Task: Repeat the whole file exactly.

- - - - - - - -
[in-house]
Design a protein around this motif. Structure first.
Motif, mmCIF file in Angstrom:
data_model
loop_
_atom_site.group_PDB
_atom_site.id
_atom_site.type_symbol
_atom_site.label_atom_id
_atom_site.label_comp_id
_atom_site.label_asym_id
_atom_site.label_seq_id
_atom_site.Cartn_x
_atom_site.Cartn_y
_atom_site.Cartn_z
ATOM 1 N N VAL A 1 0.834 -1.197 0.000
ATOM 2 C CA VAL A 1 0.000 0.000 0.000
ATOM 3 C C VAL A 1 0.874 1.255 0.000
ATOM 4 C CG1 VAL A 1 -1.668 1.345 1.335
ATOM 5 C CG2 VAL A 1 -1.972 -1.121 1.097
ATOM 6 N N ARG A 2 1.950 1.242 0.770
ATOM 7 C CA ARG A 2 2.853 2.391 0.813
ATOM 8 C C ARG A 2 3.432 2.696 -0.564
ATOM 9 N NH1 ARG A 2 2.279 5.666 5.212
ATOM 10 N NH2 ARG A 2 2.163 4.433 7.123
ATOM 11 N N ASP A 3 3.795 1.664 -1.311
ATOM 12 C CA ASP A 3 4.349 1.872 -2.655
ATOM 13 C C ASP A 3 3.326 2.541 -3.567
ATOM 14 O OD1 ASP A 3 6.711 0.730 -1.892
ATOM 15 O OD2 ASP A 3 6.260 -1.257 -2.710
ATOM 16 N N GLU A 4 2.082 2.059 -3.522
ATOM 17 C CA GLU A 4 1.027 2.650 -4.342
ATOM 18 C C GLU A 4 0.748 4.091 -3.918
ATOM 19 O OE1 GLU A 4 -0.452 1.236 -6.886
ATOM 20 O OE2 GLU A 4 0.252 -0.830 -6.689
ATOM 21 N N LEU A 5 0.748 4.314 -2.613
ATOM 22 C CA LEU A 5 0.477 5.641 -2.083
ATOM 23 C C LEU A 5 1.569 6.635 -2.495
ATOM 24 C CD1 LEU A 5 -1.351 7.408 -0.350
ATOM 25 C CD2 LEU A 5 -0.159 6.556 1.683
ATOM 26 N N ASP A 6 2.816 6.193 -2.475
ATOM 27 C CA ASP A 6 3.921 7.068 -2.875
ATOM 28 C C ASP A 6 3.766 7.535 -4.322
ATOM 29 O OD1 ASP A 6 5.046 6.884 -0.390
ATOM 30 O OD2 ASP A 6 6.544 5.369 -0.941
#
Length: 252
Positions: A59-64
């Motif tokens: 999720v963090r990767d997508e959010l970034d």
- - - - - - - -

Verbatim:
[in-house]
Design a protein around this motif. Structure first.
Motif, mmCIF file in Angstrom:
data_model
loop_
_atom_site.group_PDB
_atom_site.id
_atom_site.type_symbol
_atom_site.label_atom_id
_atom_site.label_comp_id
_atom_site.label_asym_id
_atom_site.label_seq_id
_atom_site.Cartn_x
_atom_site.Cartn_y
_atom_site.Cartn_z
ATOM 1 N N VAL A 1 0.834 -1.197 0.000
ATOM 2 C CA VAL A 1 0.000 0.000 0.000
ATOM 3 C C VAL A 1 0.874 1.255 0.000
ATOM 4 C CG1 VAL A 1 -1.668 1.345 1.335
ATOM 5 C CG2 VAL A 1 -1.972 -1.121 1.097
ATOM 6 N N ARG A 2 1.950 1.242 0.770
ATOM 7 C CA ARG A 2 2.853 2.391 0.813
ATOM 8 C C ARG A 2 3.432 2.696 -0.564
ATOM 9 N NH1 ARG A 2 2.279 5.666 5.212
ATOM 10 N NH2 ARG A 2 2.163 4.433 7.123
ATOM 11 N N ASP A 3 3.795 1.664 -1.311
ATOM 12 C CA ASP A 3 4.349 1.872 -2.655
ATOM 13 C C ASP A 3 3.326 2.541 -3.567
ATOM 14 O OD1 ASP A 3 6.711 0.730 -1.892
ATOM 15 O OD2 ASP A 3 6.260 -1.257 -2.710
ATOM 16 N N GLU A 4 2.082 2.059 -3.522
ATOM 17 C CA GLU A 4 1.027 2.650 -4.342
ATOM 18 C C GLU A 4 0.748 4.091 -3.918
ATOM 19 O OE1 GLU A 4 -0.452 1.236 -6.886
ATOM 20 O OE2 GLU A 4 0.252 -0.830 -6.689
ATOM 21 N N LEU A 5 0.748 4.314 -2.613
ATOM 22 C CA LEU A 5 0.477 5.641 -2.083
ATOM 23 C C LEU A 5 1.569 6.635 -2.495
ATOM 24 C CD1 LEU A 5 -1.351 7.408 -0.350
ATOM 25 C CD2 LEU A 5 -0.159 6.556 1.683
ATOM 26 N N ASP A 6 2.816 6.193 -2.475
ATOM 27 C CA ASP A 6 3.921 7.068 -2.875
ATOM 28 C C ASP A 6 3.766 7.535 -4.322
ATOM 29 O OD1 ASP A 6 5.046 6.884 -0.390
ATOM 30 O OD2 ASP A 6 6.544 5.369 -0.941
#
Length: 252
Positions: A59-64
């Motif tokens: 999720v963090r990767d997508e959010l970034d």